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From The Streets Of Chambers Lane

From The Streets Of Chambers Lane

Book excerpt

Chapter One - Jose Luis

            When Jose Luis woke up, the putrid stench of the room filled his nostrils.  He had lived in this squalid room at the local Motor Inn and Lodge for the past six months because the weekly rentals were cheap, and the motel manager did not mind if Jose Luis missed a week or two at times.  There were not many renters and business was slow.  If Jose Luis paid any missed week’s rent in another week or secretly passed the manager a little bit of that doja they were both very fond of, Jose Luis was allowed to stay.  Although the motel advertised room cleaning services on a weekly basis, the maids rarely came to clean the rooms or tidy up the motel.  Jose Luis did not mind.  He was used to the stench.  He could no longer discern the commingled smell from the dark aqua green carpet (that hadn’t been replaced in over a decade and which was repeatedly soiled from the dirt and debris endlessly tracked in from outside) with the aroma from the unsanitary water closet.  The water closet's rusting and slightly broken porcelain throne betrayed its purported grandeur.  The air was dank and unrecycled.  The motel room stunk of body odor because all of the windows were tightly nailed shut and never opened, even though that was in violation of municipal ordinances.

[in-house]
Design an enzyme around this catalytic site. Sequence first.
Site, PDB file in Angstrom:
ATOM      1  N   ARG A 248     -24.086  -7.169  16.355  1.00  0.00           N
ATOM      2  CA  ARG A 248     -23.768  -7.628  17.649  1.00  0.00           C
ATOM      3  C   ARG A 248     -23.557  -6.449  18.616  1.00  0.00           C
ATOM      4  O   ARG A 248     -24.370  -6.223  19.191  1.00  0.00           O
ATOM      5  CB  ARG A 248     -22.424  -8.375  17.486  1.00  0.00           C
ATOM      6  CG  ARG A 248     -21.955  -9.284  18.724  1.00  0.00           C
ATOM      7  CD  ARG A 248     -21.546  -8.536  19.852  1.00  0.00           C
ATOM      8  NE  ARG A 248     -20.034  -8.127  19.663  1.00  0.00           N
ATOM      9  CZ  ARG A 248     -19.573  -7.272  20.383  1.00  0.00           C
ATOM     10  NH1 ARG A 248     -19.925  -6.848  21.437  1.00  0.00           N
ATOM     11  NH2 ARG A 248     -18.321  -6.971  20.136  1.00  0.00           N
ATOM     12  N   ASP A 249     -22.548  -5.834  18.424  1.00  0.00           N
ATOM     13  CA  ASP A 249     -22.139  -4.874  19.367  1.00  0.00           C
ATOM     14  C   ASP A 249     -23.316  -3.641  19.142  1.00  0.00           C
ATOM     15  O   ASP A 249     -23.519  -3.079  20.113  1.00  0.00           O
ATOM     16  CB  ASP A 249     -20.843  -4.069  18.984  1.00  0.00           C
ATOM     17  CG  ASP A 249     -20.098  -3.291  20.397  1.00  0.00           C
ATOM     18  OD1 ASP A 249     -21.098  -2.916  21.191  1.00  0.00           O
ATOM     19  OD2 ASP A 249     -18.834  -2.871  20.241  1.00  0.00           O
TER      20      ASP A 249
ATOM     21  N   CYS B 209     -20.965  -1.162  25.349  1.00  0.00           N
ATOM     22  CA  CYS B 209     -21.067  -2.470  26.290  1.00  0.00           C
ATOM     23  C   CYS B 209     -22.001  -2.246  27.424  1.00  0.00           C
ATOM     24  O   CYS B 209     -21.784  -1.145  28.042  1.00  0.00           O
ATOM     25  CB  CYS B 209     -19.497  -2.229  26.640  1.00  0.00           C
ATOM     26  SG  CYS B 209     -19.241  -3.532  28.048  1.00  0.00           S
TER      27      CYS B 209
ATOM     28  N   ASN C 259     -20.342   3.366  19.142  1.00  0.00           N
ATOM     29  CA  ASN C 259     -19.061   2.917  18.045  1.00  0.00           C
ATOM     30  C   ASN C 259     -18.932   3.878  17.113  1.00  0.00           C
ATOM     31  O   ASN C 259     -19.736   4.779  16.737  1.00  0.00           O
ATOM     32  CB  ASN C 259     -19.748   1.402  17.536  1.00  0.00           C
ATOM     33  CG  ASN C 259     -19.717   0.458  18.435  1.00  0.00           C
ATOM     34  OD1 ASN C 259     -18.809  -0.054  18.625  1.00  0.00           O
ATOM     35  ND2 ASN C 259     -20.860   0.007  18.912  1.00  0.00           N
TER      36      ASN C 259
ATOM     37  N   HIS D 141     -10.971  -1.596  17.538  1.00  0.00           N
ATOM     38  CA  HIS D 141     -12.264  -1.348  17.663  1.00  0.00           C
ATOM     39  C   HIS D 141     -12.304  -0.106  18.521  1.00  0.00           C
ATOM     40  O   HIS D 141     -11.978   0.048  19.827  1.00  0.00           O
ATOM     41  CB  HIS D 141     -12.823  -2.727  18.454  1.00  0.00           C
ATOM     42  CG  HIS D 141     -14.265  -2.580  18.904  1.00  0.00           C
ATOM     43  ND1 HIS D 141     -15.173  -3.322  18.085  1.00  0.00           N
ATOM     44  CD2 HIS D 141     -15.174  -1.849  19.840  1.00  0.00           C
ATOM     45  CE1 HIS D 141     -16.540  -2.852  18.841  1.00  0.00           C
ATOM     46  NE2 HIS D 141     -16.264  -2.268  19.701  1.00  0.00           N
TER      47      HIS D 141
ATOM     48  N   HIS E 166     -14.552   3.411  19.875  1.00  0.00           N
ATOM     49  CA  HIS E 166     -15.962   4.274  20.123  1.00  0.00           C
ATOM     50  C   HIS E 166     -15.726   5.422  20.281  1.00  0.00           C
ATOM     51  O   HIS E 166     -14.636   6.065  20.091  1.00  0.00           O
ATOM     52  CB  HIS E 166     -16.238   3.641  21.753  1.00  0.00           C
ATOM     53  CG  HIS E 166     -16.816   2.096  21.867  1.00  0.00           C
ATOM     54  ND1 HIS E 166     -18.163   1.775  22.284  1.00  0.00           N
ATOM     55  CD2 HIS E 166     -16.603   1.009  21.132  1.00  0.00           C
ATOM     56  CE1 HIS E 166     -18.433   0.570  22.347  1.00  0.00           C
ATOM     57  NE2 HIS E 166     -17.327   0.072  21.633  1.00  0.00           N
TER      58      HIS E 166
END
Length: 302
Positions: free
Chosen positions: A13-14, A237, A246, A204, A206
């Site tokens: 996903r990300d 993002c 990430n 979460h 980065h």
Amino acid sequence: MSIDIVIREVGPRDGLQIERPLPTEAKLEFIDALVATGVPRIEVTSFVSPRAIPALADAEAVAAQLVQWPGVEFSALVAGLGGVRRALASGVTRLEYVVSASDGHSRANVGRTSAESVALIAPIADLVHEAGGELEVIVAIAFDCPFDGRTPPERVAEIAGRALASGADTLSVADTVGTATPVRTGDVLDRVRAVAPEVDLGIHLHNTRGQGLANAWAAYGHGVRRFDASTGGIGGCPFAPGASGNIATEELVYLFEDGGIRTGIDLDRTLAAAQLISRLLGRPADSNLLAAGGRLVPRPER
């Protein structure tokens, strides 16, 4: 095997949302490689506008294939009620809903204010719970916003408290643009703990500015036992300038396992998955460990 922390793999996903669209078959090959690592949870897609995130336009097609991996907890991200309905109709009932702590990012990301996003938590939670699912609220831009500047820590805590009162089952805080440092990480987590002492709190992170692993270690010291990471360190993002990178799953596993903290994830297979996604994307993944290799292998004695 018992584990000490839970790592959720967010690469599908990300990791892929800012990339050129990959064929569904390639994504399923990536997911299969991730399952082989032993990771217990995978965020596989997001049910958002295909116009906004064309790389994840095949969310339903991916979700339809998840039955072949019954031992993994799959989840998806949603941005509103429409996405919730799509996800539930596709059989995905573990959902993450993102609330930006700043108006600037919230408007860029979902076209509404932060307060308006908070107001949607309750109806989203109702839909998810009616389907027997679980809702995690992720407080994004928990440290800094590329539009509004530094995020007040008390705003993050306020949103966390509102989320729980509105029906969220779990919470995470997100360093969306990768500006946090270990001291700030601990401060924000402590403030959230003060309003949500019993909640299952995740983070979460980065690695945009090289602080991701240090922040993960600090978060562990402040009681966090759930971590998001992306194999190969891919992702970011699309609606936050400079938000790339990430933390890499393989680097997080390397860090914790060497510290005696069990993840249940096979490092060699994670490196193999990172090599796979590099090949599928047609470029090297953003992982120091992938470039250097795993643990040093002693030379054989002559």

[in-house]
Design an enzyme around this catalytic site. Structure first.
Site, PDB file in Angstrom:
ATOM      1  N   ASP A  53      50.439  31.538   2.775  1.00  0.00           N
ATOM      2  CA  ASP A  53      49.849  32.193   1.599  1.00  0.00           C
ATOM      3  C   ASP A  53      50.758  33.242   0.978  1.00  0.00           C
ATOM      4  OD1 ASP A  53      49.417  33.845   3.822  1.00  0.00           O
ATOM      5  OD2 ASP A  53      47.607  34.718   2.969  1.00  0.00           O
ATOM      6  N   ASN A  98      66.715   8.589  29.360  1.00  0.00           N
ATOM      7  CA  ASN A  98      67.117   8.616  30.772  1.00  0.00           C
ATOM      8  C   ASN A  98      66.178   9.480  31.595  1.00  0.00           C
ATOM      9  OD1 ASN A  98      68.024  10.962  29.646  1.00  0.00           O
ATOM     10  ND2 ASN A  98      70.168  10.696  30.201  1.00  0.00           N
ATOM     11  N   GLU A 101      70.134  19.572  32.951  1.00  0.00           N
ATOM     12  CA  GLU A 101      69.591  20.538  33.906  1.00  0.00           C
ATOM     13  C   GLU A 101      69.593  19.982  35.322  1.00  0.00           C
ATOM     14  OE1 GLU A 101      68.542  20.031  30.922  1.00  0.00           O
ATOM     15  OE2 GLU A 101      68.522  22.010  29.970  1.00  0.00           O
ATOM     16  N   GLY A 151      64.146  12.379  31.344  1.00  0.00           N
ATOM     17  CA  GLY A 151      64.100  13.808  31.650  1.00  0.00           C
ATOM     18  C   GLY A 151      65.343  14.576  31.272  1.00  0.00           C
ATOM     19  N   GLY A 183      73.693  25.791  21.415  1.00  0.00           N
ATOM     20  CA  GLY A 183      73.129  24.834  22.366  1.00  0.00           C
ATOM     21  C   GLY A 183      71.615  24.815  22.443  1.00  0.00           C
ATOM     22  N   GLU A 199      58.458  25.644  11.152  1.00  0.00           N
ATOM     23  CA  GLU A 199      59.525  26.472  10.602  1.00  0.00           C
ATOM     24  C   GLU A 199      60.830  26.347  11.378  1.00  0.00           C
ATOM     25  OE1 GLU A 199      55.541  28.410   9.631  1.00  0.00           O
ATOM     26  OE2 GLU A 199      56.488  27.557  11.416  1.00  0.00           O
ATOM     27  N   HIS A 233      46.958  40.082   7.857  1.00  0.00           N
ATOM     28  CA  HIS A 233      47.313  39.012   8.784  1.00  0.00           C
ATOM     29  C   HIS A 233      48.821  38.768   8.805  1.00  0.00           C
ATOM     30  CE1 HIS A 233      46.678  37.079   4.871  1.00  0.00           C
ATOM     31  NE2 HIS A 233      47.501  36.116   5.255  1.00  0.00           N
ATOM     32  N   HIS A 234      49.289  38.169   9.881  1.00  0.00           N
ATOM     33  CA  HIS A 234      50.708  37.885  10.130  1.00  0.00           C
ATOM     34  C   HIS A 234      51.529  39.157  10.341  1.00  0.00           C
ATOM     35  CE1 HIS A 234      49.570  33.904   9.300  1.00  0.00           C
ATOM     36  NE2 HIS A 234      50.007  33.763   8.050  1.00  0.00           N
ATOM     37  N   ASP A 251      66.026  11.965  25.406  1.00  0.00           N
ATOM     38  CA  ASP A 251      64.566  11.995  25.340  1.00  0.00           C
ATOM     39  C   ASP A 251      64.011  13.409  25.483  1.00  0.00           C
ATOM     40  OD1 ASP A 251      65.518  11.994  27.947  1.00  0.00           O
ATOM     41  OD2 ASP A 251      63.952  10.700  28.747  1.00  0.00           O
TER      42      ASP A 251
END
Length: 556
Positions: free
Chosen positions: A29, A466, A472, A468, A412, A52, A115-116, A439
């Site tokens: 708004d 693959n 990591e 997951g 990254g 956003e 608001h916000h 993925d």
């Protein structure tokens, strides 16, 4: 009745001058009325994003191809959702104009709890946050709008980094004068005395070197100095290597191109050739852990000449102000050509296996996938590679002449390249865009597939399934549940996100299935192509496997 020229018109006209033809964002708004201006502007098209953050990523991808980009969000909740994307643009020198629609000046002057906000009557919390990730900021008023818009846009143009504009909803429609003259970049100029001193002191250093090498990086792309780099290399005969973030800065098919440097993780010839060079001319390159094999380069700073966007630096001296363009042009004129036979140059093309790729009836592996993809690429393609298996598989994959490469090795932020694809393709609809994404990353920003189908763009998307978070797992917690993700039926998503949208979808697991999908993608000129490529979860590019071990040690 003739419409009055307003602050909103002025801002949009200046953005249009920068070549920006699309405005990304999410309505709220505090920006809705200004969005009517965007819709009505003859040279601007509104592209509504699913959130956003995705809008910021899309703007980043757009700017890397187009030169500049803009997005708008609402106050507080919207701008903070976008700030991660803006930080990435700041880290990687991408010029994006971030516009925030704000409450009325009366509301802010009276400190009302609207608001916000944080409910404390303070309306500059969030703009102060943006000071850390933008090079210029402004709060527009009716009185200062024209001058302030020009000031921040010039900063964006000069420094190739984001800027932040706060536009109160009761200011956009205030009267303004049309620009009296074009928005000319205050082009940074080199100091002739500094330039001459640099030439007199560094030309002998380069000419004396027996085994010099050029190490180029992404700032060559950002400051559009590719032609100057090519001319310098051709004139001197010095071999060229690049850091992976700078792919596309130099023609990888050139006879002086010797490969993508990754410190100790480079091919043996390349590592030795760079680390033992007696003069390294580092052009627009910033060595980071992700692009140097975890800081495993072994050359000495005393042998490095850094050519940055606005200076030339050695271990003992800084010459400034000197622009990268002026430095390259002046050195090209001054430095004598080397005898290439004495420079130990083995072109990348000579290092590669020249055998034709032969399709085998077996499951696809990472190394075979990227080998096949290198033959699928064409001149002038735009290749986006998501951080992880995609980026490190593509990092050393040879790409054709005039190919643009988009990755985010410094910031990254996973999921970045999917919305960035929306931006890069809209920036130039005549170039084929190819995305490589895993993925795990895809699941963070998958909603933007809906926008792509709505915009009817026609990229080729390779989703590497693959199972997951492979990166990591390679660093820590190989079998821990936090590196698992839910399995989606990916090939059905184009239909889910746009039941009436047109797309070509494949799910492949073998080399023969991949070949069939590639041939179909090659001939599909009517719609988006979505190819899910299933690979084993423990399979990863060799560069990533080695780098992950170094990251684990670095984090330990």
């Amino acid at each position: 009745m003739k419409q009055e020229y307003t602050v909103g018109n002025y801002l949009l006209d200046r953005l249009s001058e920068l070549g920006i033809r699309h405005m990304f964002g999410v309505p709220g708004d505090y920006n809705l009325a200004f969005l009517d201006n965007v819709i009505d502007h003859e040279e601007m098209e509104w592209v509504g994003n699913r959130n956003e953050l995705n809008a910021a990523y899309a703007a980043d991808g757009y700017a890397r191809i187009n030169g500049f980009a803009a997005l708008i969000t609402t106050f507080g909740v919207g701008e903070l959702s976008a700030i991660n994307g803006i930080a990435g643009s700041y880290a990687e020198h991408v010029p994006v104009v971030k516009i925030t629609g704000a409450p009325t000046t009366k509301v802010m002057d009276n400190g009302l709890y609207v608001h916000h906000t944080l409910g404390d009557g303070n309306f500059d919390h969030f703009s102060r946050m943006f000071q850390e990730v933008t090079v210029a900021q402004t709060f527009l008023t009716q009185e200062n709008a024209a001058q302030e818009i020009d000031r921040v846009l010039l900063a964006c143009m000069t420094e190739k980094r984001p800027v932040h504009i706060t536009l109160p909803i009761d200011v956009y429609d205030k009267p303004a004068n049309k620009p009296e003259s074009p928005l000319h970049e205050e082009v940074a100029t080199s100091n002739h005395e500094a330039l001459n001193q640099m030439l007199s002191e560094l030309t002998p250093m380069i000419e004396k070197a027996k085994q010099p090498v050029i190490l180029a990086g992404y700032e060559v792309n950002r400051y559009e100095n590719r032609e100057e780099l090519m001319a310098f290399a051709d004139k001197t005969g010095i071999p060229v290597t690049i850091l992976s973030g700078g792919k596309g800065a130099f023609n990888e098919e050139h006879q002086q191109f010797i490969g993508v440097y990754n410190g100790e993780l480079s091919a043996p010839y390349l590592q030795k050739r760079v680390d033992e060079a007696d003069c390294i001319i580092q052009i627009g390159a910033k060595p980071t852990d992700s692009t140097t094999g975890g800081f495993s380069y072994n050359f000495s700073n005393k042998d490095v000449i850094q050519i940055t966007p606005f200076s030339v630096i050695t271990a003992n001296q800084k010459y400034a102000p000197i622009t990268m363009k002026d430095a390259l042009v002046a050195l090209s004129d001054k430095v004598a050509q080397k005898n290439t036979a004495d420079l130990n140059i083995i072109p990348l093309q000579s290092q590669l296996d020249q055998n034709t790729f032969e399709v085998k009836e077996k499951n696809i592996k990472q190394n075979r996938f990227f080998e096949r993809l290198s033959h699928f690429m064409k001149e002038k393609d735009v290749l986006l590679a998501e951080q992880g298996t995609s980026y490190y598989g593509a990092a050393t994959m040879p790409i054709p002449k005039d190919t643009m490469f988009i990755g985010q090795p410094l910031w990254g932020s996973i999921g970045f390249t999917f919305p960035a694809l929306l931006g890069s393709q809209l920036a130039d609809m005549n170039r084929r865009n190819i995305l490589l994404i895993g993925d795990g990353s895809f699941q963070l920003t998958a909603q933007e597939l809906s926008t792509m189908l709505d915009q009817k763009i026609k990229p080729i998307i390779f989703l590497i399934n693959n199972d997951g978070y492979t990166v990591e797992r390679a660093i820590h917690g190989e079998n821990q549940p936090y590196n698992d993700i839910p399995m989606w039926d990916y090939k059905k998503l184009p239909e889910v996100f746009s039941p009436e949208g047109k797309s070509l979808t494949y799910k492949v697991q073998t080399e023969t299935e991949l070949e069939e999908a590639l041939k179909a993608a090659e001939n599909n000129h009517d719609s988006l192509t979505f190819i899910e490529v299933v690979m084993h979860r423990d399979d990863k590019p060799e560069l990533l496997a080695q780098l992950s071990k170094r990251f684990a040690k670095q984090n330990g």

Candy wrappers, soda cans, and other sundries were strewn all over the floor or tucked underneath the dark purple and orange floral comforter that covered the lumpy, full-sized mattress that was barely big enough for any traveler taller than an average height.  A slight humming from the brown, Absocold compact refrigerator with its fake wood-look grain filled the confines of the diminutive room.  A generic faux painting of the Appalachian landscape was askew over the bed at the far-left corner.  Multiple dark, placid holes in the stucco betrayed where other picture frames previously hung but were stolen by past patrons.  The long, vanilla drapes prevented what little sun that was out from entering the room.  The burnt sienna door, which gave Jose Luis a false sense of security, was double-bolted.